Preface and acknowledgements

This volume stems from the notion that a greater knowledge about the continental Celtic tribes could usefully be made available as an adjunct to classical and archaeological studies by illustrating the exciting range of archaeological material available. The various references to the Celtic tribes and their customs might also be studied, on the one hand as linguistic texts and on the other hand (in translation perhaps) as historical documents. For the idea that the Romans were confronted by 'barbarian tribes' makes it difficult to examine dispassionately the cultural collision that was such an important event in western Europe in the later first millennium BC.

We are grateful to the many museums and libraries which have offered every assistance as our independent examinations of the two types of evidence have progressed. We arc grateful to Professor Stuart Piggott for his valued support over many years; Professor D. W. Harding read the text and made a number of useful suggestions. The assistance of Dr D. J. Breeze, Dr P. D. C. Brown, Dr D. V. Clarke, Dr John Collis. Miss Felicity Kinross, Dr I. H. Longworth, Dr Anna Ritchie and Dr M. Rusu is gratefully acknowledged. The help of Mrs E. Glass and Mr I. G. Scott has improved the finished volume immeasurably.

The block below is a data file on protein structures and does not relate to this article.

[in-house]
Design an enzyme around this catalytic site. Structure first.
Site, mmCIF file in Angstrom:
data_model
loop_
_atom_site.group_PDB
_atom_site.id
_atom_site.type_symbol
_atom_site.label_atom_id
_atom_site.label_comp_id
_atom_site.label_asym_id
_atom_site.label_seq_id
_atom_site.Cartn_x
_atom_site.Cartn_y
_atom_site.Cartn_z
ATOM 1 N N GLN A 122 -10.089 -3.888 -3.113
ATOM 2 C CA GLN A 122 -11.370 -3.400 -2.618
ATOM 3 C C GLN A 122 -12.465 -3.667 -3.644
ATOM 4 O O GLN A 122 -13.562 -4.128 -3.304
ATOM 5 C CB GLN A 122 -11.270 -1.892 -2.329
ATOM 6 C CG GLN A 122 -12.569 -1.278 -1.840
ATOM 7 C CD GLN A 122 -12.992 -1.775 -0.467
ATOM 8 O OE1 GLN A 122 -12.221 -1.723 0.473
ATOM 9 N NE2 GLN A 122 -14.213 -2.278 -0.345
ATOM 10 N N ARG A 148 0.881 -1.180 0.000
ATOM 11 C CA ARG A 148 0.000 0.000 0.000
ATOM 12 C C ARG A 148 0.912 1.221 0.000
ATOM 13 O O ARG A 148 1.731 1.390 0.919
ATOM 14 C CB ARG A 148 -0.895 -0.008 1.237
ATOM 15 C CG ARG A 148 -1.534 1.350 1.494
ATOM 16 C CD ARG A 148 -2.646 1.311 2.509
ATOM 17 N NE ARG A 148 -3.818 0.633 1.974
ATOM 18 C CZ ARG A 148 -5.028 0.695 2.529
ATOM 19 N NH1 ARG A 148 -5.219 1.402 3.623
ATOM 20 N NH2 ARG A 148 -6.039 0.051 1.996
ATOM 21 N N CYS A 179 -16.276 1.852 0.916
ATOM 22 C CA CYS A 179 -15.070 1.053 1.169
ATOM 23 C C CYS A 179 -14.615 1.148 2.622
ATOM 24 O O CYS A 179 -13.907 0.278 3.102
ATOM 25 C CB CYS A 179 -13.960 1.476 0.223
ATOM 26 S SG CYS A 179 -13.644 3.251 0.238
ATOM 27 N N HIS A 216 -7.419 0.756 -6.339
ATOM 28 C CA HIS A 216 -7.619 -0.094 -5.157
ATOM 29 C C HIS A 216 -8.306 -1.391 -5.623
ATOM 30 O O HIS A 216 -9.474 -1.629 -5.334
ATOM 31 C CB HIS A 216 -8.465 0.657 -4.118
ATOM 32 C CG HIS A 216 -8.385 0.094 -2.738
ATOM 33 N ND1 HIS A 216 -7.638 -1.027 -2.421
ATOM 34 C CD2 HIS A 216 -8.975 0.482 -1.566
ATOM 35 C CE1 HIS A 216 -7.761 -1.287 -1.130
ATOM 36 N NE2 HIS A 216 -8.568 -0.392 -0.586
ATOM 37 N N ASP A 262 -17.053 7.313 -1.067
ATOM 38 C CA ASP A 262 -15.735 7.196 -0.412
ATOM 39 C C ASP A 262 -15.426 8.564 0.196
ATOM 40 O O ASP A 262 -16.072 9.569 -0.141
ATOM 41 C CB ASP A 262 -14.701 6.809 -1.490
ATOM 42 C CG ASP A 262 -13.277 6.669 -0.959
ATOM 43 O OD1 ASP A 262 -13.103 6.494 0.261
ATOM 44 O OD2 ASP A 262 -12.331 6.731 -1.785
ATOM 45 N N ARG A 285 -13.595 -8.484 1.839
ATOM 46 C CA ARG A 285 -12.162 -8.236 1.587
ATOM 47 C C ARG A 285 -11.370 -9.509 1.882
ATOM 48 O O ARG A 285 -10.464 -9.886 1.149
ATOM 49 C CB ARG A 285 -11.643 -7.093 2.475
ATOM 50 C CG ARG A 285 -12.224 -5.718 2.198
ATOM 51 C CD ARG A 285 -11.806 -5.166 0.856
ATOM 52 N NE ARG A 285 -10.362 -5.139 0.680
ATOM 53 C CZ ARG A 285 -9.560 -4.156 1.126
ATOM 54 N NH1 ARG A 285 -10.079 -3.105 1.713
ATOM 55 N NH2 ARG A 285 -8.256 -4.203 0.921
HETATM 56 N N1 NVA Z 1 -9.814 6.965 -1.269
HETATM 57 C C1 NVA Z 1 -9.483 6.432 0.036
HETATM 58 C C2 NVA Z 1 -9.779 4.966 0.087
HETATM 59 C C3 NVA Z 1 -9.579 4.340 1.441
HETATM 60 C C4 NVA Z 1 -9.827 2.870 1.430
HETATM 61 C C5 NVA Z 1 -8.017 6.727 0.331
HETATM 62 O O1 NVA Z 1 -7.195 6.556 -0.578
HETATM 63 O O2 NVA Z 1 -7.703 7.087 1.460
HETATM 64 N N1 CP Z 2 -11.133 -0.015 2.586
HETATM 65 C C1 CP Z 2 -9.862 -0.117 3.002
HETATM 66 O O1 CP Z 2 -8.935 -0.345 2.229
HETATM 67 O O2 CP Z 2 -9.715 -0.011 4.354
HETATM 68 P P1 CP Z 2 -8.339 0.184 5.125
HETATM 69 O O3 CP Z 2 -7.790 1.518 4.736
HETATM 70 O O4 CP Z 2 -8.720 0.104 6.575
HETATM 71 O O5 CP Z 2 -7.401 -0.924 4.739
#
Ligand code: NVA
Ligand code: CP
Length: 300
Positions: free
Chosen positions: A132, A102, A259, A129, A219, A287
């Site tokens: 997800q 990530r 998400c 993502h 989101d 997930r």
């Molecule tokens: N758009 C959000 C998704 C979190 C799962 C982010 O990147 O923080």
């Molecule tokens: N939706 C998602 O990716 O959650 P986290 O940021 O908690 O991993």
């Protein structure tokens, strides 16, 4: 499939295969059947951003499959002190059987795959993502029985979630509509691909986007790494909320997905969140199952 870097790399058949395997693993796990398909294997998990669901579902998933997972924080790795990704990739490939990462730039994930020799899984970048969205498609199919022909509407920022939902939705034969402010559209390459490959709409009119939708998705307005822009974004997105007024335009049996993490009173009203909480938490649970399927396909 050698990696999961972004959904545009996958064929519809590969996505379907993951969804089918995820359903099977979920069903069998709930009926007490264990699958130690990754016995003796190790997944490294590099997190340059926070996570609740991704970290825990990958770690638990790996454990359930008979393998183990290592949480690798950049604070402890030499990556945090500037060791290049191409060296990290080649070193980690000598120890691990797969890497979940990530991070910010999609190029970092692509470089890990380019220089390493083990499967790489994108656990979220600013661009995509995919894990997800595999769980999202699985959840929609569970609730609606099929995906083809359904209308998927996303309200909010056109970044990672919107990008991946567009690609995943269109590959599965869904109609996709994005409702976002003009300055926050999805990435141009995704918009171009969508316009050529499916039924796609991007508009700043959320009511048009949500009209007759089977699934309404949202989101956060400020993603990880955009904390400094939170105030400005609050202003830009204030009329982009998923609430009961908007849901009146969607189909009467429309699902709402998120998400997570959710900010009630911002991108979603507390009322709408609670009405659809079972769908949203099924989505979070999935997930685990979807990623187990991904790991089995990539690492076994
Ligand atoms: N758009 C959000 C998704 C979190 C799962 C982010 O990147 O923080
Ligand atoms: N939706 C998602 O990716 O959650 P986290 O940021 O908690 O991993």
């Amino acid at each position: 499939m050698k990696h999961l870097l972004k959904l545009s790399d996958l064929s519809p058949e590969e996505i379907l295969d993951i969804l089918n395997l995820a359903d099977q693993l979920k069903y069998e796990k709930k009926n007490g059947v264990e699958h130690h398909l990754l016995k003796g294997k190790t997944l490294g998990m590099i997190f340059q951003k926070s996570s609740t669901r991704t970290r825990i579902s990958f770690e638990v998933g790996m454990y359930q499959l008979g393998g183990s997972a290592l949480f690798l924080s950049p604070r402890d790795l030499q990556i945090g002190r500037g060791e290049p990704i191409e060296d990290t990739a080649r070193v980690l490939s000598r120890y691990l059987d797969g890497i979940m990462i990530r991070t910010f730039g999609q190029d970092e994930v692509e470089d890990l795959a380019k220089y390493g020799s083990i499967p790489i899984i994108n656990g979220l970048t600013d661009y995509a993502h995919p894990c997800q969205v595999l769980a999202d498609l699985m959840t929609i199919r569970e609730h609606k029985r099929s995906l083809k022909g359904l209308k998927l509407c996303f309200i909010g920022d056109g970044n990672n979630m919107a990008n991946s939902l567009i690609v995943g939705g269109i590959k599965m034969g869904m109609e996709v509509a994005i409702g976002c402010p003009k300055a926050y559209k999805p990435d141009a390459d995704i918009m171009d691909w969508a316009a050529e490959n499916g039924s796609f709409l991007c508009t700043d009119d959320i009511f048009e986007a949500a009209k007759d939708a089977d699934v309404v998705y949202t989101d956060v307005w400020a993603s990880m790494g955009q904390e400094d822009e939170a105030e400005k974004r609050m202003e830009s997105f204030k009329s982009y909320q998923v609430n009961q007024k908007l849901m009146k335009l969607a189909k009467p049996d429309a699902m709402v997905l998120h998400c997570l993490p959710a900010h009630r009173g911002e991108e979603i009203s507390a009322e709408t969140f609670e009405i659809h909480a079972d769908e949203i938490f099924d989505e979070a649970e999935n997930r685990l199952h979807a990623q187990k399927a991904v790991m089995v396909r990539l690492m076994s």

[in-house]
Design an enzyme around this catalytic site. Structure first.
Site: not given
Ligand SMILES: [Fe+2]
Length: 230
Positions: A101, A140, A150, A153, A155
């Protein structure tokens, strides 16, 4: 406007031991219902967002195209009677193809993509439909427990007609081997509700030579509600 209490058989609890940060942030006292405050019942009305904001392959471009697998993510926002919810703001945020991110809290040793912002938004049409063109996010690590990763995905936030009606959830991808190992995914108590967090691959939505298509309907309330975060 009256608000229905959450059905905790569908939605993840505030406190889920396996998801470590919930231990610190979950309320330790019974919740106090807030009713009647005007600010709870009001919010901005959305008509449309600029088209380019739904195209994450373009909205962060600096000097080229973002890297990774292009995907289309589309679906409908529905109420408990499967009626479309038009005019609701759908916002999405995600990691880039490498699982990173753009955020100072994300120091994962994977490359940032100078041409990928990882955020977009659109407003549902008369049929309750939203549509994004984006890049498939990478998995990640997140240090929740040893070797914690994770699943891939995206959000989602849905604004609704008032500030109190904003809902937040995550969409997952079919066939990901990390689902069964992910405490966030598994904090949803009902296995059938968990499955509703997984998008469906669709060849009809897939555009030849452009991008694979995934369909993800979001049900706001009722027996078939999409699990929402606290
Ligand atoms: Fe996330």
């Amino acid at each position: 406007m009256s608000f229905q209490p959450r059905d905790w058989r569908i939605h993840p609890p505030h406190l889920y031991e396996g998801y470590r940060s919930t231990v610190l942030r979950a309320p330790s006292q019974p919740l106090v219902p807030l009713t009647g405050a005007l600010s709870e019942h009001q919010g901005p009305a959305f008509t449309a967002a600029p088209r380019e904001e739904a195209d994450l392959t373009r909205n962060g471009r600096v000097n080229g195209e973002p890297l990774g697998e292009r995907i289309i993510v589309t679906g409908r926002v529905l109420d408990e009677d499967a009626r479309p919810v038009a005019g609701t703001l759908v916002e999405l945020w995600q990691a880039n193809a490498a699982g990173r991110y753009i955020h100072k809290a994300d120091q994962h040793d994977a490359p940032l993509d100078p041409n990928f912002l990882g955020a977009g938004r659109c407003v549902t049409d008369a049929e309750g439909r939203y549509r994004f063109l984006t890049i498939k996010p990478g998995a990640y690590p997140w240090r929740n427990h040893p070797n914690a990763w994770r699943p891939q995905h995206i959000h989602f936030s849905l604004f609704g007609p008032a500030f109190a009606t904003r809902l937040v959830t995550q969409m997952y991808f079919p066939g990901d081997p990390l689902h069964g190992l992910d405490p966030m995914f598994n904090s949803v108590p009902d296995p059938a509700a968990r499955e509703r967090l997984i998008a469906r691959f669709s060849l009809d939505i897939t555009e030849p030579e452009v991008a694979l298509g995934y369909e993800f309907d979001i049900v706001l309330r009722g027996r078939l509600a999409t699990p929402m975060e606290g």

We are grateful in particular to the following institutions and friends for permission to reproduce illustrations: Ashmolean Museum, with the kind assistance of Dr P. D. C. Brown, figs. 2, 24; Birmingham Post and Mail, fig. 18; the BBC, with the kind permission of Mr Robin Fairweather and the generous assistance of Miss Felicity Kinross, figs. 5, 13-15; British Museum, figs. 19, 22-24, 28; C. Boube-Piccot, fig. 6; City of Kingston upon Hull Museums and Art Galleries, fig. 8; National Museum of Antiquities of Scotland, Edinburgh, figs. 10, 20, 24-5; National Museum of Denmark, Copenhagen, fig. 11; National Museum of Ireland, Dublin, fig. 21; National Museum of Switzerland, Zurich, fig. 29; Dr Mircea Rusu, Cluj, figs. 26 and 30; Mr I. G. Scott, figs. 1, 9, 12, 16-17, 27.

Celtic Settlements Europe

Kig. 1. Europe showing the main areas of Celtic influence: 1. the heartland of the Celtic world: 2, Celtic expansion in prehistoric times; 3, additional Celtic settlement in historical times.

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